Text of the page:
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World Cancer Day: Experience a day in the life

The fight against cancer isn’t simple – it’s an ongoing, global effort. After all, cancer isn’t one disease but more than 100. It takes many brilliant scientists, compassionate people and a lot of support. But every day we’re making more and more progress – together.

On any given day, countless Canadians are taking action to help change and save lives. To mark World Cancer Day, meet some of these incredible people and experience a day in the life of a survivor, researcher, advocate, and cancer information specialist.

A smiling couple.

Waking up to hope: Meet Cynthia

When Cynthia was diagnosed with stage 2 breast cancer, she felt like nothing made sense. Not sure what to expect, she turned to the Canadian Cancer Society for information.

When she needed a place to stay during treatment away from home, she decided to stay at our lodge in Montreal rather than traveling 70 kilometres from home in winter weather.

At the lodge, she felt welcomed by staff, volunteers and other residents. She found comfort in establishing a routine, including morning walks in nearby parks.

“Those walks helped me deal with my stress,” says Cynthia. “Deep in my thoughts, soaking in the beauty of the day and feeling glad to be alive.”

Cynthia is one of 268 cancer patients who stay in one of our lodges across the country every day.

“Living with people facing similar experiences with cancer and sharing our stories helped me in my recovery,” says Cynthia. “Some people I met had tough prognoses but also had a strong will to live. They left me with a life lesson: to live in the now, and take every moment in.”

Today, Cynthia is cancer-free and remains positive about her health and future.

“Life is good.”

A female scientist with a microscope

Asking questions, making discoveries: Meet Sheila

With funding from one of our Innovation Grants, Dr Sheila Singh discovered a rare type of cell responsible for initiating the spread of lung cancer to the brain. Her work could make a life-changing difference for patients – guiding better treatment decisions and leading to new therapies.

As a scientist and professor at McMaster University in Hamilton, Ontario, she is not only on the frontlines of innovative research, but she’s also inspiring the next generation of cancer researchers.

On any given day, Dr Singh meets with colleagues to review treatment options for children with brain cancer, she talks to her lab team about their research, and teaches a biochemistry course on stem cells. It’s clear that her days are dedicated to the fight against cancer through research.

Every day, approximately 300 researchers supported by the Canadian Cancer Society, like Dr Singh, are searching for answers. To find them, it means asking more questions along the way.

“Every time we ask a question and find an answer it’s an important step toward finding new tests and treatments to improve and save lives.”

A woman holding a sign that says, “Asbestos kills”.

Advocating for change: Meet Trish

For more than 20 years, Trish had been active in raising awareness and funds for the Canadian Cancer Society. After both her parents died of asbestos-related cancer, she found herself pulled into advocacy.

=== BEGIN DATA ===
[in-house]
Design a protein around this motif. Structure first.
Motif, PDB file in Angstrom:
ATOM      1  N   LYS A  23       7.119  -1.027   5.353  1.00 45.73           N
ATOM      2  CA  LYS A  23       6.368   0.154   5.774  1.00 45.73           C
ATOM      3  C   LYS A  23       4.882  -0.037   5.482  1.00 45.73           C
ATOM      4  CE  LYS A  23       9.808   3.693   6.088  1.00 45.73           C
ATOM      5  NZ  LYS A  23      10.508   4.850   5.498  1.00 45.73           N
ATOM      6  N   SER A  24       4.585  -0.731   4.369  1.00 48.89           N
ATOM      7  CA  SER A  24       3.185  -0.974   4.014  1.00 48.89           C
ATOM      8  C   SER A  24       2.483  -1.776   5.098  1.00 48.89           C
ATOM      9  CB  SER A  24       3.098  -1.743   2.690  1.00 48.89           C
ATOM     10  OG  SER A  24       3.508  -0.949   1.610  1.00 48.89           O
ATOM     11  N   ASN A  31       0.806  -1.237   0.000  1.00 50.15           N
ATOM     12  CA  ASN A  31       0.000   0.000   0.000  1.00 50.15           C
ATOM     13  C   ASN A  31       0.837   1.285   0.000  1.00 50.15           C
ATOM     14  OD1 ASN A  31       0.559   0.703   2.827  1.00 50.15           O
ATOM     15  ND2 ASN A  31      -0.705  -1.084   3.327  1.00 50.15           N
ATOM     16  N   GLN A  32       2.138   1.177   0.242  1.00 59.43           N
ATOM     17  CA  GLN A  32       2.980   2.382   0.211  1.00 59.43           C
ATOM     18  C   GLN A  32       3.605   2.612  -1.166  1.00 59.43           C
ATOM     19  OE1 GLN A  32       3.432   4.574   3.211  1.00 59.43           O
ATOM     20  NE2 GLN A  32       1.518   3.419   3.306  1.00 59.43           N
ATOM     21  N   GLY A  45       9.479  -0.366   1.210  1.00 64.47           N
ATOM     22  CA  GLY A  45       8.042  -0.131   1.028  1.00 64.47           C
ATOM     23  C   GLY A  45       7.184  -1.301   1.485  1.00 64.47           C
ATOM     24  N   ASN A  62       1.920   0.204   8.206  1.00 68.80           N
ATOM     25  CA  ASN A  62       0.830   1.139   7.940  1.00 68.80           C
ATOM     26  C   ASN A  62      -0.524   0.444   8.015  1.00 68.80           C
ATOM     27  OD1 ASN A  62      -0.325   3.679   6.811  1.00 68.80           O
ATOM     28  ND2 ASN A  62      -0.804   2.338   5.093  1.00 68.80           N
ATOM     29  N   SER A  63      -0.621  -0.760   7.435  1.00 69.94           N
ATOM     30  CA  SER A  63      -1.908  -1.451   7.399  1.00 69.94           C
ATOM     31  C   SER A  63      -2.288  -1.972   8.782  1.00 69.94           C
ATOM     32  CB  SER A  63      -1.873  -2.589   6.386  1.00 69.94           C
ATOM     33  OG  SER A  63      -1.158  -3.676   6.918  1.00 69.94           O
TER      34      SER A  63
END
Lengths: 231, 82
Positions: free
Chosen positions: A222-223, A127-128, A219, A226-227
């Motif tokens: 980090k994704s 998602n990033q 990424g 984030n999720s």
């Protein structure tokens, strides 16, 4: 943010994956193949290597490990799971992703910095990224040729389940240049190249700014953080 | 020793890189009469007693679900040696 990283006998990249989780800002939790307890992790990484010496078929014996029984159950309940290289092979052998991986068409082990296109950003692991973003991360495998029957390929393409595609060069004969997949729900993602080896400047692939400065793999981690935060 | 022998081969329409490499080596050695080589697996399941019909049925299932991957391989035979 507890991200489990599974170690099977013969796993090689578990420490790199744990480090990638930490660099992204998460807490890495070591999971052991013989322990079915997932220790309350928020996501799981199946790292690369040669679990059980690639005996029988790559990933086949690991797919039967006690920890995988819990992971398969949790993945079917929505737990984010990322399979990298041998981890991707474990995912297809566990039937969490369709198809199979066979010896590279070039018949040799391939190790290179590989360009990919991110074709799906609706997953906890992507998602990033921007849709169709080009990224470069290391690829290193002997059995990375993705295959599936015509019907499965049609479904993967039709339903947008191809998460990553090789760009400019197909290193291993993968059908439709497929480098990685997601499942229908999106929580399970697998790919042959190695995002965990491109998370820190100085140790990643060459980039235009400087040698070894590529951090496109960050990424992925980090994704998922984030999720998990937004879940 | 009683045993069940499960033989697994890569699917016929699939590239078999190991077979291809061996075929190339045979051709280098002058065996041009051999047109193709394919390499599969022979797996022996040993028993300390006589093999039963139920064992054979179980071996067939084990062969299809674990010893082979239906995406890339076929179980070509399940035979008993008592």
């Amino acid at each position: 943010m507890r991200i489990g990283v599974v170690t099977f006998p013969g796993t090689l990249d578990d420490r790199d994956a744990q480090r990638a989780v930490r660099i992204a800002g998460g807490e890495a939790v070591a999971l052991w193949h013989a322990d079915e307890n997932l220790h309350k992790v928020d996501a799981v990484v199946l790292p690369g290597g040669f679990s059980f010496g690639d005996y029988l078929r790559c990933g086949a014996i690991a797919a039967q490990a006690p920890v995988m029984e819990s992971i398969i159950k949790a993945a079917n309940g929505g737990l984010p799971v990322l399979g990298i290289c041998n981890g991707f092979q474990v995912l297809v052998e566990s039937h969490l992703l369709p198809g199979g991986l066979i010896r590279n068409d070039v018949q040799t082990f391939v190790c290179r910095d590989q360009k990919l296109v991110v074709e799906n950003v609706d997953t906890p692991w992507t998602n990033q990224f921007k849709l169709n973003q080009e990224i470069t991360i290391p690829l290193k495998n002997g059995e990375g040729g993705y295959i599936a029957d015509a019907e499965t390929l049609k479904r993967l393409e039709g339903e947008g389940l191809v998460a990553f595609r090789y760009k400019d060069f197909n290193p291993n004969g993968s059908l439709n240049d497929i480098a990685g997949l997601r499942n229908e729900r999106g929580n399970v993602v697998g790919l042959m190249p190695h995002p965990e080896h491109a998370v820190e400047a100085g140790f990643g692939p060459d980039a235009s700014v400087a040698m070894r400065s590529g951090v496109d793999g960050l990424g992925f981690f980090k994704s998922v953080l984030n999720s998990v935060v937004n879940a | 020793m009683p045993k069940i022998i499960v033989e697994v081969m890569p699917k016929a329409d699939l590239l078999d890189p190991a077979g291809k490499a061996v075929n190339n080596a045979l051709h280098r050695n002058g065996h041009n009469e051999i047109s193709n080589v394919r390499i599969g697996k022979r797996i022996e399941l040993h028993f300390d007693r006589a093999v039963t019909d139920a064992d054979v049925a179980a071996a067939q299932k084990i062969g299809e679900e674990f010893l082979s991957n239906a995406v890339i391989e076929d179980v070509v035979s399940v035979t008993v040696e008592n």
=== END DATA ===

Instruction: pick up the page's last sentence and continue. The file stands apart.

“Initially, I was too devastated to do anything,” says Trish. However, when she saw how many people in her life were being affected by asbestos in Sarnia, she decided to take part in activities to support the ban of this toxic material.

And she wasn’t alone. In one day, she joined hundreds of others in a march through the city to shine a much-needed spotlight on the issue.

“People need to know,” says Trish. “People need to be aware.”

Thanks to advocacy efforts from passionate Canadians like Trish, change is happening. In 2016, the federal government announced a ban on the manufacture, use, import and export of asbestos in Canada by 2018.

Providing care from afar: Meet Jan

Every day, more than 34,200 people from across the country reach out to the Canadian Cancer Society for trusted information and caring support. A cancer diagnosis can be confusing, frightening and overwhelming, but our cancer information specialists, like Jan, are here to help.

With a background in nursing, Jan is dedicated to sharing her knowledge with people living with cancer, their loved ones and anyone else with questions – one phone call or email at a time.

“The other day I received a call from a woman who had just learned she has uterine cancer,” says Jan. “She got up the courage after a sleepless night to call us. I was able to give her some information about her diagnosis and the usual treatment options, and I think that helped ease her anxiety a little.”

More than a source of information, Jan is also a shoulder to lean on.

“We get hundreds of calls a day and every person’s situation is different,” says Jan. “Some people call because they have cancer in their family and they want to know how to prevent it. Others are patients who are worried about coping emotionally or how they’re going to make ends meet while they’re off work. Some want to understand more about their specific diagnosis and treatment options. All our cancer information specialists are trained to listen and understand each person’s needs and then try to help as much as possible.”

Thanks to support from donors and volunteers, the Canadian Cancer Society offers a variety of programs and services for people affected by cancer, including transportation, lodges, support and information programs.

Take action this World Cancer Day to make a difference in the lives of those affected by cancer.